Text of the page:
Critics often default to breathless hyperbole when discussing Nirvana's Nevermind. Can you blame them?

The band's 1991 sophomore album single-handedly revolutionized rock music at the dawn of a new decade, a zeitgeist shift whose scale has not been matched in the decades since. It distilled a generation's worth of suburban ennui and despair into a 42-minute punk-pop blitzkrieg, turning bandleader Kurt Cobain into first a prophet and later a martyr. It also marked a windfall for every department store with an excess stock of oversized flannel shirts.

Strip away the exhausting "legacy" discourse, though, and a more modest, fundamental truth remains: Nevermind is a flawless display of economical songwriting and airtight hooks, executed with militaristic precision and blunt-force aggression. Its accolades were inevitable; its superlatives are facts.

Few albums are more deserving of a deluxe reissue than Nevermind. Unfortunately, the 30th-anniversary "super deluxe" edition doesn't add much to the group's towering mythology. The hulking box set pairs the newly remastered album with previously unreleased footage from four concerts on the Nevermind tour: Nov. 25, 1991, in Amsterdam; Dec. 28, 1991, in Del Mar, Calif.; Feb. 1, 1992, in Melbourne, Australia; and Feb. 19, 1992, in Tokyo.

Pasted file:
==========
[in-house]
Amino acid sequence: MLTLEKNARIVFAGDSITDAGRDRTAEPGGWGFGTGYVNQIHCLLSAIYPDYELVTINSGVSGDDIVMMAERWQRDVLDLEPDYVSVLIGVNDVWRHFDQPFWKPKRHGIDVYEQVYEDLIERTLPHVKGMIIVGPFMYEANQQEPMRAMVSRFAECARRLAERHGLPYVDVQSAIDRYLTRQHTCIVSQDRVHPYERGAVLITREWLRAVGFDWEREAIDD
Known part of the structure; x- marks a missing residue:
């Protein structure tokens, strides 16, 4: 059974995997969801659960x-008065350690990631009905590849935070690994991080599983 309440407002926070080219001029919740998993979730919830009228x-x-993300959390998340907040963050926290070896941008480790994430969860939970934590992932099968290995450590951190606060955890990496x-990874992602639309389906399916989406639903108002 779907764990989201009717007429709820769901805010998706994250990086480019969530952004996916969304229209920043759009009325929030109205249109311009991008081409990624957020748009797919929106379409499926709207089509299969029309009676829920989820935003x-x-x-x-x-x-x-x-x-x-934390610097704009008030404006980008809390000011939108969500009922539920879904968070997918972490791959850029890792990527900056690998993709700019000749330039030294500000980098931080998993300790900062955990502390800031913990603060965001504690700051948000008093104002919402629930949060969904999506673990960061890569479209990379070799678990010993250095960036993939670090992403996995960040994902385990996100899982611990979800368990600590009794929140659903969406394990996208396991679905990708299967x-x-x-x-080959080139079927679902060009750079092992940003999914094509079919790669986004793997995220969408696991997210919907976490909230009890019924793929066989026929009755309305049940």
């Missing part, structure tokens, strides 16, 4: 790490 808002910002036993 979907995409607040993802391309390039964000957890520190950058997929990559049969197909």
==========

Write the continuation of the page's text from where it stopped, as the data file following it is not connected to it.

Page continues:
The live discs vary in sound quality, but they all show a band at the peak of its powers. Cobain shouts with feral intensity and wrings massive slabs of distortion from his Fender Jaguar (or Mustang), bolstered by Dave Grohl's pulverizing drumming and Krist Novoselic's nimble bass lines. The Amsterdam show is the best of the bunch, featuring an absolutely obliterative rendition of Bleach cut "Floyd the Barber" and a wry snippet of Village People's "Macho Man" during "Love Buzz."

Ironically, Nirvana sound most energized on the Bleach material, making the Nevermind songs — which still pack an incredible punch — sound almost perfunctory by comparison. With "Smells Like Teen Spirit" burning up the charts by the time of these shows, it's possible Nirvana were already disenchanted by the album's success. That might explain why Cobain sings "Come as You Are" in an exaggerated, tuneless shriek during the Amsterdam gig.

The problem with this previously unreleased live footage is that it doesn't reveal anything about Nirvana that even casual fans didn't already know. Sure, the band is on fire, but none of these virtually identical shows are going to displace the elegiac MTV Unplugged, the charmingly unpolished From the Muddy Banks of the Wishkah or the near-flawless Live at Reading as definitive Nirvana live documents. Listening to one of these concerts at a time is a treat; playing all four in one sitting is punishment.

As for the actual Nevermind remaster: It sounds, well, perfect, just like the original. Nirvana were smart enough to see the profitability in engineering rough-and-tumble punk songs for mass consumption, and Butch Vig's production remains one of the greatest technical achievements in hard rock. Grohl's snare drum pops like a firecracker; Cobain's larynx-shredding screams could peel the paint off walls; Novoselic's bass tone might just be the greatest of all time.

Still, without a single demo, B-side or outtake — of which there are already plenty on Nevermind's 20th-anniversary deluxe edition — it's hard to recommend this reissue to anybody but hardcore completists. Are the archives really that bare?

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